Carnosine is a protein building block that is naturally produced within the body. It is used widely in sorts nutrition due to evidence suggesting its ability to improve muscle strength and exercise performance, and is believed to be capable of preventing visual signs of aging. A panacea of other health applications are still under investigation for this compound, as well, ranging from cardiovascular health, diabetes complications, to glaucoma, dry skin, and certain mental health conditions.
Preliminary trials spanning the past few years have shown that elevating levels of carnosine in the body may be beneficial for improving issues pertaining to mood.
“People are struggling with stress, anxiety, and general worry during this unprecedented time in our lives,” Dr. Di Tan, director of scientific affairs at CarnoSyn Brands, said. “Given that SR CarnoSyn is one of the most effective ways to increase the body’s store of carnosine, we have a solution that can help consumers achieve their desired mood state. SR CarnoSyn is one simple supplement that provides many clinically proven benefits for healthy aging and everyday wellness.”
Evidence from a number of animal studies suggests that ingestible beta-alanine is able to combine with another amino acid, called histidine, increasing the body’s store of carnosine.
One preliminary trial published in 2018 hypothesized that beta-alanine supplementation would result in reduced inflammation and an enhanced behavioral response in both young and old rats. Researchers found that, following 30 days of beta-alinine supplementation, the ingredient attenuated the anxiety of rats based on behavioral response, while augmenting their expression of neurotrophins in the hippocampus, a neurological sign that incidental anxiety was reduced, in both younger and older animals.
In a trial that took place in 2015, researchers found that beta-alanine supplementation in diets was associated with enhanced behavioral resilience to stress exposure in an animal model of post-traumatic stress disorder.
Compared to the group exposed to a standard diet, rats whose diets were supplemented with beta-alanine for 30 days performed significantly better in an elevated plus maze and an acoustic startle response evaluation one week following the exposure to a predator-scent stress. “BA supplementation in rats increased brain carnosine concentrations and resulted in a reduction in PTSD-like behavior, which may be mediated in part by maintaining BDNF [brain-derived neurotrophic factor] expression in the hippocampus,” researchers concluded.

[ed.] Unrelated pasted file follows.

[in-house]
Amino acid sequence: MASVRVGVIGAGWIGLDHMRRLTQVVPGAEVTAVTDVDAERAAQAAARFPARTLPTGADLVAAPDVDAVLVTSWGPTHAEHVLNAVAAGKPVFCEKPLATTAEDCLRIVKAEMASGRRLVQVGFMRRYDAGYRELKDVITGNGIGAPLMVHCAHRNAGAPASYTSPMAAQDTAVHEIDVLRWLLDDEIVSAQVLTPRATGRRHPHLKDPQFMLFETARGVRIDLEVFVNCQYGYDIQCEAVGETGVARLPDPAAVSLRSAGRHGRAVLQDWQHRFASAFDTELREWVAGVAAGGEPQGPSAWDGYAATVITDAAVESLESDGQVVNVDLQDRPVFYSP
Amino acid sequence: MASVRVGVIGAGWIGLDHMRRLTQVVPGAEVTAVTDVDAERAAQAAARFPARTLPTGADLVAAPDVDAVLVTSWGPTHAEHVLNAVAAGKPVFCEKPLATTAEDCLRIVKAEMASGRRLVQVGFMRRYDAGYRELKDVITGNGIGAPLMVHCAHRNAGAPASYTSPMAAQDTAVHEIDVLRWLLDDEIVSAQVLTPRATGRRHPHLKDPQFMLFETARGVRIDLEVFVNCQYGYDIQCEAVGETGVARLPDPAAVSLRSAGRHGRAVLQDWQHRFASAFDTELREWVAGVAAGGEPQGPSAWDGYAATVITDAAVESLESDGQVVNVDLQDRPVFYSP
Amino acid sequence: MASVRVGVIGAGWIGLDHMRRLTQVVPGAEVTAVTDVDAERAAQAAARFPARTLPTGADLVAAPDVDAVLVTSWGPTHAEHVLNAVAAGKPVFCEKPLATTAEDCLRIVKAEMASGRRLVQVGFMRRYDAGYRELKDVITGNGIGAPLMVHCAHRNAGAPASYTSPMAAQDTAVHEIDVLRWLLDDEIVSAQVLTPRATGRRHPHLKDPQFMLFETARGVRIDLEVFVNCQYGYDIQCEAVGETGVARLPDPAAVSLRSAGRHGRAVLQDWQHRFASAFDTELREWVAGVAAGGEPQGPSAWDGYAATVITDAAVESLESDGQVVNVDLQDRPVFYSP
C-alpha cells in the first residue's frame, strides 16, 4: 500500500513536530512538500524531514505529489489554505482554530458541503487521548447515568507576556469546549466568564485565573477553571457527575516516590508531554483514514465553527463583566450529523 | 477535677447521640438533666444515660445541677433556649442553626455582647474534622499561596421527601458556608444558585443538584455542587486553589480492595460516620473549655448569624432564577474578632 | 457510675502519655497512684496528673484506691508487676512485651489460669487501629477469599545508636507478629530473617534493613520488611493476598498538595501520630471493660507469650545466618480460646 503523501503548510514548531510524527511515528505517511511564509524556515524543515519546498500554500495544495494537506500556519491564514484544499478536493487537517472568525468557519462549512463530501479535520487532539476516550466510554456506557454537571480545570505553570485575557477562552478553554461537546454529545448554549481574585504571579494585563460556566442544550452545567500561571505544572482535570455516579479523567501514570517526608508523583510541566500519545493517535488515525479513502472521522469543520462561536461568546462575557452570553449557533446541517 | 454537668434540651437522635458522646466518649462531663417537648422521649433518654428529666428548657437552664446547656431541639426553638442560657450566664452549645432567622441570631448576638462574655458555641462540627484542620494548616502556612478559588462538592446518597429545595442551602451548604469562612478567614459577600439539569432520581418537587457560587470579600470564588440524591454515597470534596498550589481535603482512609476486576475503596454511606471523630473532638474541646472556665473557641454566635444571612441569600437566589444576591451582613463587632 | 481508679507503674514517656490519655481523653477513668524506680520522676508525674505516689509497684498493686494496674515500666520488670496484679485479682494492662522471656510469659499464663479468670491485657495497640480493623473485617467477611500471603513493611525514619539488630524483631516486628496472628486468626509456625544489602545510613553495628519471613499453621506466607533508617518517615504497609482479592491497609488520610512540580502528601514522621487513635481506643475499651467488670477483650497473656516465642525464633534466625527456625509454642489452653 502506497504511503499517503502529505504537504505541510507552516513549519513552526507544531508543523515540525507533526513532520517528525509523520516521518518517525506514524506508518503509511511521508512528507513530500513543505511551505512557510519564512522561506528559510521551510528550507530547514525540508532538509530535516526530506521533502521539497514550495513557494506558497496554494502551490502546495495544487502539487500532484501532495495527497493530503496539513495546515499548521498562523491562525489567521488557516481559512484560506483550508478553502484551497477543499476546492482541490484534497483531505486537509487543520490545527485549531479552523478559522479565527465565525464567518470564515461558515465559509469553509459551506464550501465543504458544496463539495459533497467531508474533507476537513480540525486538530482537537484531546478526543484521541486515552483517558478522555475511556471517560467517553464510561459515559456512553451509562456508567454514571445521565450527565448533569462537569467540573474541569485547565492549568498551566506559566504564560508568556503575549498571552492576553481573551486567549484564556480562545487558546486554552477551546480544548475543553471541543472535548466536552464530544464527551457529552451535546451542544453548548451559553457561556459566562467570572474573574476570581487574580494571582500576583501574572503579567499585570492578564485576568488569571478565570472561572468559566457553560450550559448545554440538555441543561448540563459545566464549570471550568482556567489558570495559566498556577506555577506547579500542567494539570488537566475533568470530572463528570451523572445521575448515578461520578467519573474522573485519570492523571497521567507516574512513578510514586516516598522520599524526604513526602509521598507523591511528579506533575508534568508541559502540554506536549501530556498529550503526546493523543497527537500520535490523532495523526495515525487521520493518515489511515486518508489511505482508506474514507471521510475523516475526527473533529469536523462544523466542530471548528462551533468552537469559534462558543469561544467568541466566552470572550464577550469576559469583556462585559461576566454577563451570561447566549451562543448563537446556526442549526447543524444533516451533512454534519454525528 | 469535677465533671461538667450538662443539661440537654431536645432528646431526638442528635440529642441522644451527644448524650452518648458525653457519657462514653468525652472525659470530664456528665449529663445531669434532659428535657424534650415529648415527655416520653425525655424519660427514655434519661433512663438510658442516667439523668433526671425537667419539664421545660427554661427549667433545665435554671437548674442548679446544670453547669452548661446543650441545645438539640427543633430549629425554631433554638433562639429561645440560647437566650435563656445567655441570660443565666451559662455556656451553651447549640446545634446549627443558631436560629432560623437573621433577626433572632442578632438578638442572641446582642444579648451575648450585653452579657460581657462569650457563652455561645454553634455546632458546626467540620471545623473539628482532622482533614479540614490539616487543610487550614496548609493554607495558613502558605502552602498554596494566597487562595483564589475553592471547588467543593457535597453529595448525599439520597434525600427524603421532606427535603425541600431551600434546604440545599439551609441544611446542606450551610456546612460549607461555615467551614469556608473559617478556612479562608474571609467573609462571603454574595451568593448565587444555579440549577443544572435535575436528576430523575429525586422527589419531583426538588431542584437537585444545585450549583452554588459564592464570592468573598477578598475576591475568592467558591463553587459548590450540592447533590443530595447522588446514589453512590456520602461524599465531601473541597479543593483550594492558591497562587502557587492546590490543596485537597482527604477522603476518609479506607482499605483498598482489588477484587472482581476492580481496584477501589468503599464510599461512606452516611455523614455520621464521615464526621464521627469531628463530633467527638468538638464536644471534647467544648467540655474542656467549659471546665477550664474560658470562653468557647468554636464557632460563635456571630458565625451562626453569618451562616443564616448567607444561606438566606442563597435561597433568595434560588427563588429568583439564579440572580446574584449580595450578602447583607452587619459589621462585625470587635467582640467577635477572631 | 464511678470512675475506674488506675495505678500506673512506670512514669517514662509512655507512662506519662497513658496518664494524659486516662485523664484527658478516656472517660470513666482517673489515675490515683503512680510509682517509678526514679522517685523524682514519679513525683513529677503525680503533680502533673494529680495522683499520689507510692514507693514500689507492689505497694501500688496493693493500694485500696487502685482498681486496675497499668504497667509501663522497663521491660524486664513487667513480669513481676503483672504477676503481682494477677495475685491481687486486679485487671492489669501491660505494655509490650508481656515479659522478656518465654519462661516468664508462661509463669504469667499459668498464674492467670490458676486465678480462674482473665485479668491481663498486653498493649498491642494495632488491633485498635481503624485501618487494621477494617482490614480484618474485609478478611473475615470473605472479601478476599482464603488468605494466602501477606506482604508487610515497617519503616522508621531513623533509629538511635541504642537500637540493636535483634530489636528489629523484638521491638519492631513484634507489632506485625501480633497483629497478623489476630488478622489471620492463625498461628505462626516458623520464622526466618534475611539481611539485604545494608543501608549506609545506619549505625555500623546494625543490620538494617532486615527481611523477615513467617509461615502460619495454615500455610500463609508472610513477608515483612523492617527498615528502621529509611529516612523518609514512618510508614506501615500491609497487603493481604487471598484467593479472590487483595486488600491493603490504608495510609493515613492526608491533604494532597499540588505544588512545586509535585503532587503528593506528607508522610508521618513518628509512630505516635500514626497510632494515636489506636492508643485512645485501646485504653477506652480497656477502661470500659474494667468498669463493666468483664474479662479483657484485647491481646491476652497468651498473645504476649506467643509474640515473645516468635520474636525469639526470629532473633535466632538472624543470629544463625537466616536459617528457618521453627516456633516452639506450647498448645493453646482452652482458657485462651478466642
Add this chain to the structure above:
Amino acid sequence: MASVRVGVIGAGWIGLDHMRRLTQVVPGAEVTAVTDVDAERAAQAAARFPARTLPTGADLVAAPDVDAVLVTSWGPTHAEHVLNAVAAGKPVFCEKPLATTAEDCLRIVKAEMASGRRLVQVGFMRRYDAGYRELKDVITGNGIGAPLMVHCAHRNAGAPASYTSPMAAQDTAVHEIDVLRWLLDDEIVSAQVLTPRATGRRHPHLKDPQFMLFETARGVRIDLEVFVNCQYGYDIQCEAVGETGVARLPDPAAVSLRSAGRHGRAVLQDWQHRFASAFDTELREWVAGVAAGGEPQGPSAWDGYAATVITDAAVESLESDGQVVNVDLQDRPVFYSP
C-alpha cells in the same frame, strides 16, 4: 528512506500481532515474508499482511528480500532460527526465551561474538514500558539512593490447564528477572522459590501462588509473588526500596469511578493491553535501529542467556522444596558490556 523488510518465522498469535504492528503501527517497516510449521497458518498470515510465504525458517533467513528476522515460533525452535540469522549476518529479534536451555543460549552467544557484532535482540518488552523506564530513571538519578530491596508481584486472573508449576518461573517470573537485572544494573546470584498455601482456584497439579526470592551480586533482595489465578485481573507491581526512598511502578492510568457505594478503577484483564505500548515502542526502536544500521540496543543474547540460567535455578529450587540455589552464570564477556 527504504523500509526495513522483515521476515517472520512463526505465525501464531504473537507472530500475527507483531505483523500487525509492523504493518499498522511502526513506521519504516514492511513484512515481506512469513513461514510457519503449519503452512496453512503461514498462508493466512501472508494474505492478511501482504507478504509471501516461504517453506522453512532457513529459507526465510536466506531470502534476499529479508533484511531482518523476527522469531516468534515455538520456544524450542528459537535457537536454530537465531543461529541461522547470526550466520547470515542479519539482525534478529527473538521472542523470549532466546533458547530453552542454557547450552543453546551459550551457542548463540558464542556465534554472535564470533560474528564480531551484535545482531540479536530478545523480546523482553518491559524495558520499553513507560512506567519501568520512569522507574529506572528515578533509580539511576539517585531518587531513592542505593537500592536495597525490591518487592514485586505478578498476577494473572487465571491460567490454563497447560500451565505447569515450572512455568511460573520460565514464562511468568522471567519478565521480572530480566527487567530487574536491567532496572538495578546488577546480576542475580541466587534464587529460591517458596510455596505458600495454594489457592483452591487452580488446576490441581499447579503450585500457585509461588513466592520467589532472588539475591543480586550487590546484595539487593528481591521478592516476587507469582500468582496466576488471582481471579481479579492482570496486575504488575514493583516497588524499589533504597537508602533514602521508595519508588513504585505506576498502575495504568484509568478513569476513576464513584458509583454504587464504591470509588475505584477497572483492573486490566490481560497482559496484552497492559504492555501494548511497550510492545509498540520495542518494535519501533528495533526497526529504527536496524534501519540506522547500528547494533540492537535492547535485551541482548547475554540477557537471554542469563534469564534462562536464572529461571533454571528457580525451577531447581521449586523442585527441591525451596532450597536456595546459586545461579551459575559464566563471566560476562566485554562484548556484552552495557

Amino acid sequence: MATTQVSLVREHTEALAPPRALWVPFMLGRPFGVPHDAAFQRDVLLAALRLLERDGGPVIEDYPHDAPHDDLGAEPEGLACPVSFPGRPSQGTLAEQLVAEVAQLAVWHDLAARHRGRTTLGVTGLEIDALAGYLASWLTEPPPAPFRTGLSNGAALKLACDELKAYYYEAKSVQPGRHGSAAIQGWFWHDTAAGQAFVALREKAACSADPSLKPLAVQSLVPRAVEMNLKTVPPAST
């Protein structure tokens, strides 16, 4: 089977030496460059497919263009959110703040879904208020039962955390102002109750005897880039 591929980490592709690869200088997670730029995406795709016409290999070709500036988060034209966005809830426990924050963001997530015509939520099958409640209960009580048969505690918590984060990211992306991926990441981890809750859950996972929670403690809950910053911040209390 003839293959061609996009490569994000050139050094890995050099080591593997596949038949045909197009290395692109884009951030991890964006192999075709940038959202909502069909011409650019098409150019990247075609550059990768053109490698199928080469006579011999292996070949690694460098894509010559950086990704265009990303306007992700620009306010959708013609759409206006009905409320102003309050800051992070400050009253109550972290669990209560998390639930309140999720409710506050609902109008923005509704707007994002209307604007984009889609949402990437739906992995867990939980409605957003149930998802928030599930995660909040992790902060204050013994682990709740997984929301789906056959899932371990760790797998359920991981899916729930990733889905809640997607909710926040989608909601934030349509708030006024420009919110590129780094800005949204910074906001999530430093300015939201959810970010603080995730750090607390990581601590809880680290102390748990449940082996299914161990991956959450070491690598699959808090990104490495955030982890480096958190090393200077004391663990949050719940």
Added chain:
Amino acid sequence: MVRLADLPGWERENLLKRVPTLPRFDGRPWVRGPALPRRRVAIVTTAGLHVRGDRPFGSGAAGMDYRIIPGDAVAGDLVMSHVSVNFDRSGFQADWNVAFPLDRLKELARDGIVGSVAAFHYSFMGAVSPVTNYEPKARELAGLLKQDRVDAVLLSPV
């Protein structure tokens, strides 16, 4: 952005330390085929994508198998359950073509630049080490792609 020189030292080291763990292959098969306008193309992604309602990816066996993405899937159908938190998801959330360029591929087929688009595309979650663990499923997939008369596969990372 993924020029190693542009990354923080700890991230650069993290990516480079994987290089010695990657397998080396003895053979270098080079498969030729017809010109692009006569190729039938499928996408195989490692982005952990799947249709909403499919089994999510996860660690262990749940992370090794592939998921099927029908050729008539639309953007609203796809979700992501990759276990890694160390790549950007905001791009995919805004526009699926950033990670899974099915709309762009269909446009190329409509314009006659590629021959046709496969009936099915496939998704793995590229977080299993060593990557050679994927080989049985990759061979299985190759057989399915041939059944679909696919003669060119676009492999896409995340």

Another mouse model study from 2017 further substantiates that beta-alanine does elevate neurotrophic factor and result in stress-resilient behavior in rats, however, this trial attempted to model mild traumatic brain injury (mTBI) in addition to post-traumatic stress disorder through exposure to a low-pressure blast wave. The trial found that rats which were administered beta-alanine for 30 days prior to the blast wave exposure increased resiliency to mTBI based on behavioral and neurotrophic analysis compared to rats that were exposed to a standard diet. A control group of rats, which were exposed to a standard diet but not the low-pressure blast wave, were also used in the trial.
Moving onto human results, a 2017 study found that beta-alanine supplementation also resulted in significant reductions in subjective feelings of anxiety in a group of students who were also receiving a brief, self-help form of cognitive behavior therapy. “Pre-post intervention comparisons using paired t-tests revealed significant improvement on the POMS-TA [Profile of Mood States evaluation of tension/anxiety], but not the POMS-D [Depression evaluation] or POMS-F [fatigue evaluation]. Moreover, patients reported a significant reduction in the severity of low back pain.” Researchers noted, however, that the results were not consistent with previous studies, which showed that carnosine promoted recovery from mental fatigue.
Another human clinical study published this year found that after adults supplemented with beta-alanine for two weeks daily experienced significant reductions in feelings of intermittent depression compared to adults who were administered a matching placebo. Following the supplementation, both the experimental and placebo group were exposed to simulated military operational stress. While 14 days of supplementation did not result in measurable changes in cognitive function, the beta-alanine group experienced significant reductions in subjective feelings of depression, while the placebo group experienced reductions in feelings of vigor.